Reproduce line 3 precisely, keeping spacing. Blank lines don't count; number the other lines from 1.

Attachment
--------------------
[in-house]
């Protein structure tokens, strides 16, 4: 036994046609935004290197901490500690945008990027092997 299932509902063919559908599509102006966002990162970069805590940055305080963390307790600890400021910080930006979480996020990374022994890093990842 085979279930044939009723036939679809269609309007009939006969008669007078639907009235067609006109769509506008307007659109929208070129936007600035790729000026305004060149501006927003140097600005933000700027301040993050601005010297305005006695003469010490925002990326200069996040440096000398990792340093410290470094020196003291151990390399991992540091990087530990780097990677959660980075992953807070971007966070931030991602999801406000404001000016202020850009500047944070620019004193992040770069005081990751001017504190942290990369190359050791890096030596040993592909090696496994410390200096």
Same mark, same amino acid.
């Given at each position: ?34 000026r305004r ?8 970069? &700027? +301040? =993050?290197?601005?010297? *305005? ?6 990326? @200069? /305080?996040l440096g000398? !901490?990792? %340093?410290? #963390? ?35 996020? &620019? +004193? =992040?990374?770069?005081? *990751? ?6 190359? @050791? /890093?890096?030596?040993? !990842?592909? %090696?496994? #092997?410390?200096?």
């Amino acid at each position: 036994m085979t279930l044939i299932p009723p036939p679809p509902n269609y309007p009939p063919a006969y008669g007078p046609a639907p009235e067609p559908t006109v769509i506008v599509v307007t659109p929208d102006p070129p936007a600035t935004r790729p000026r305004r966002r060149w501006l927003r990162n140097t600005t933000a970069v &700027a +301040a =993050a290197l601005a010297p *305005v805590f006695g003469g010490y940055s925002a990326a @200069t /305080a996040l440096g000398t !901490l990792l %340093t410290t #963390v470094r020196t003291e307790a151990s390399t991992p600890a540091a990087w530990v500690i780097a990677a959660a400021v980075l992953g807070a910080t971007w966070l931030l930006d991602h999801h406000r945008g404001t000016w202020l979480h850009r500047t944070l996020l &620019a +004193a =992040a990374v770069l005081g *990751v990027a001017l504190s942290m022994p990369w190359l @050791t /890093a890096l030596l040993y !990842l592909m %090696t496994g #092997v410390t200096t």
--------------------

Same mark, same amino acid.